Brussels, 26 Feb 2004
The German Research Foundation (DFG) announced on 25 February that it is to create 14 new research units where scientists and academics will attempt to answer 'special scientific questions'.
The units will adopt an interdisciplinary, and in some cases interregional, approach to intriguing puzzles in the fields of life sciences, humanities and social sciences, the natural sciences and engineering. The 14 units will share more than 20 million euro over the next three years, with further funding covering a total of six years of investigation.
The full range of questions that the units will examine makes for an eclectic final list. Under the life sciences heading, an interregional unit including teams from Berlin, Munich and Hanover, will study new methods in genetic engineering and immunology to further the development of technology that allows pig organs to be transplanted into humans. The aim is to find new ways of overcoming the global shortage of human organ donors.
Humanities researchers from the Free University in Berlin, meanwhile, will look for new perspectives in the study of so called 'self-reports', such as diaries, letters or travel reports. The objective is to examine the social practice of self-reports from different cultures, countries and eras, and determine the differences and similarities.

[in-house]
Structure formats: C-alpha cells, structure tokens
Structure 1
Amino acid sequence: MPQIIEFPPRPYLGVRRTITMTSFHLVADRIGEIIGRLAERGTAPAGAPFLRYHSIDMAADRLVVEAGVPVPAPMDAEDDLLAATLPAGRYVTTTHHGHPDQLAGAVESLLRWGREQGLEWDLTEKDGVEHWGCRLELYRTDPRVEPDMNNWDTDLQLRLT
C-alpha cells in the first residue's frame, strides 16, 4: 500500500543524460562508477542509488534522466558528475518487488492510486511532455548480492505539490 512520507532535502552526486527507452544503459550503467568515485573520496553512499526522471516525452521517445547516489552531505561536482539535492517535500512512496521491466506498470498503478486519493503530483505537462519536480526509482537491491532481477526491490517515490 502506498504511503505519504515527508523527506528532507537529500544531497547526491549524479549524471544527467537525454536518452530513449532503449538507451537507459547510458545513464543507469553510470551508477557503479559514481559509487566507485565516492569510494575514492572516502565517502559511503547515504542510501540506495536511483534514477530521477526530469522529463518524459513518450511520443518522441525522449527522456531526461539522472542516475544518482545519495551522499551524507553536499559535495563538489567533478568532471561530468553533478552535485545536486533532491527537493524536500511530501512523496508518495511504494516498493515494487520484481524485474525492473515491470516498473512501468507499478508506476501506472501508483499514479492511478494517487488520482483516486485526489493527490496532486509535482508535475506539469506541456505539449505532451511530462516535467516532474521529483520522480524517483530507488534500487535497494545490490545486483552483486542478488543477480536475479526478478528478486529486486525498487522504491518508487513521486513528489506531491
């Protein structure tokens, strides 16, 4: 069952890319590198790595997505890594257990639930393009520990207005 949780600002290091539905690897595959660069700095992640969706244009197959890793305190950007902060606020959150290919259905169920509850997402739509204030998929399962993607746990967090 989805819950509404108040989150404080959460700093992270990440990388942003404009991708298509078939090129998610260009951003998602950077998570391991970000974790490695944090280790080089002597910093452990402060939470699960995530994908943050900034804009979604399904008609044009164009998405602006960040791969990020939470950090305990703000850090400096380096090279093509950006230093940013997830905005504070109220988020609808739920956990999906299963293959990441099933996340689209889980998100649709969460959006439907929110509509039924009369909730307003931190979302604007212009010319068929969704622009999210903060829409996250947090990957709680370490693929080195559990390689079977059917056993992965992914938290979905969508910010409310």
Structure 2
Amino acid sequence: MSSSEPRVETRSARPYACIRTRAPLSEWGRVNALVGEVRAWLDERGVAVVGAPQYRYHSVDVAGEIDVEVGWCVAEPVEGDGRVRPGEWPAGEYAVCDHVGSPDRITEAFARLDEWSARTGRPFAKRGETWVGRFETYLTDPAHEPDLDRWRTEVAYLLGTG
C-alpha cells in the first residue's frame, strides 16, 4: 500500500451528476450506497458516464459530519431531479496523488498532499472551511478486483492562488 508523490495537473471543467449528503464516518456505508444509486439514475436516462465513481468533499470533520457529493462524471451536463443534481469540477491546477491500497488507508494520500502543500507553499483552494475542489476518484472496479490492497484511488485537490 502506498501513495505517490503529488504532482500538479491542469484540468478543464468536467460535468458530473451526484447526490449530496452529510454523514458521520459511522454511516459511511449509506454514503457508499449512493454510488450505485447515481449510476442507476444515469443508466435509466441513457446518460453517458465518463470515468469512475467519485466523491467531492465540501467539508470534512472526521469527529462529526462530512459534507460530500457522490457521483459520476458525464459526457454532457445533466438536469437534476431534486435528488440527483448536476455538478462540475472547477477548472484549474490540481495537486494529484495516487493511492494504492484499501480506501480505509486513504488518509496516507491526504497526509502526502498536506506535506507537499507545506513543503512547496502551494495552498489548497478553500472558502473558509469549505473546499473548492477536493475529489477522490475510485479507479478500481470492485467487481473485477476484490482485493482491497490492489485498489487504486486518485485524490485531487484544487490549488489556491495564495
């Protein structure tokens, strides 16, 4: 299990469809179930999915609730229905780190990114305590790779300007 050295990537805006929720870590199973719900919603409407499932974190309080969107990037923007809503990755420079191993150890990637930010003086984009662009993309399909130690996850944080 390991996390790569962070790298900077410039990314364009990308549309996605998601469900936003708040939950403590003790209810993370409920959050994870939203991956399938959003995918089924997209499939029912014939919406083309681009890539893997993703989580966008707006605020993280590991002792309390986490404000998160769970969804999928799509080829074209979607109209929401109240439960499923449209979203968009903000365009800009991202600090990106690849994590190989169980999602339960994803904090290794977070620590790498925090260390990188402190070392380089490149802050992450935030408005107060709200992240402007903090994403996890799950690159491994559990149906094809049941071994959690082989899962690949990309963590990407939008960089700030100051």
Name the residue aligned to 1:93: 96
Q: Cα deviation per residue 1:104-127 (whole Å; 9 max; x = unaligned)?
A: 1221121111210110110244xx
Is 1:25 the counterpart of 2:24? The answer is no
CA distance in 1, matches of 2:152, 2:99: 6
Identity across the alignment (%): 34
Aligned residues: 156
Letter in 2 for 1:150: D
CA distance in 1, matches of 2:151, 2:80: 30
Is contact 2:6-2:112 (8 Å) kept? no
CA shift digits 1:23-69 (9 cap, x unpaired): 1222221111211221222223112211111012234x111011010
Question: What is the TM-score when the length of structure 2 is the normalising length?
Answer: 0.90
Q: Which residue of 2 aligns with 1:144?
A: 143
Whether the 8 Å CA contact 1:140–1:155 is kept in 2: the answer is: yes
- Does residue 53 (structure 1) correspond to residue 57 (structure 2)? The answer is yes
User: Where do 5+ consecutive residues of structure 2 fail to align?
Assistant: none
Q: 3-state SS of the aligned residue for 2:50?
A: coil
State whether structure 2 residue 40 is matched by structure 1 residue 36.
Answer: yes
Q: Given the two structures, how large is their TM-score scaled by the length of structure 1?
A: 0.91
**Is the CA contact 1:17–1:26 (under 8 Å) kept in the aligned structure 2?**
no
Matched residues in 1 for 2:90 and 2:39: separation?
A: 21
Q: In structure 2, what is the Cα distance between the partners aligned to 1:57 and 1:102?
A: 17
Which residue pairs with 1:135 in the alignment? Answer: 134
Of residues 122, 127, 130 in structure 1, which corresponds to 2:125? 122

The question of exactly how dust from the Sahara desert, which can be found everywhere in the northern hemisphere, enters the atmosphere and affects the climate will be occupying the new research unit called the 'Saharan mineral dust experiment'. The team will carry out their research using satellite data and measurements taken from aeroplanes.
A second group of natural scientists from the University of Bonn and six other institutions will be trying to unlock the evolutionary secrets of the sauropod dinosaurs, one of the largest life forms ever seen on Earth. Through a combined approach of palaeontology, zoology and biomechanics, they will attempt to find out why the bodies of these creatures came to assume such enormous dimensions, and how they managed to function.
The DFG states that its objective in establishing the new units is to promote collaboration among outstanding scientists and academics throughout Germany, and thereby create new areas of research within universities.
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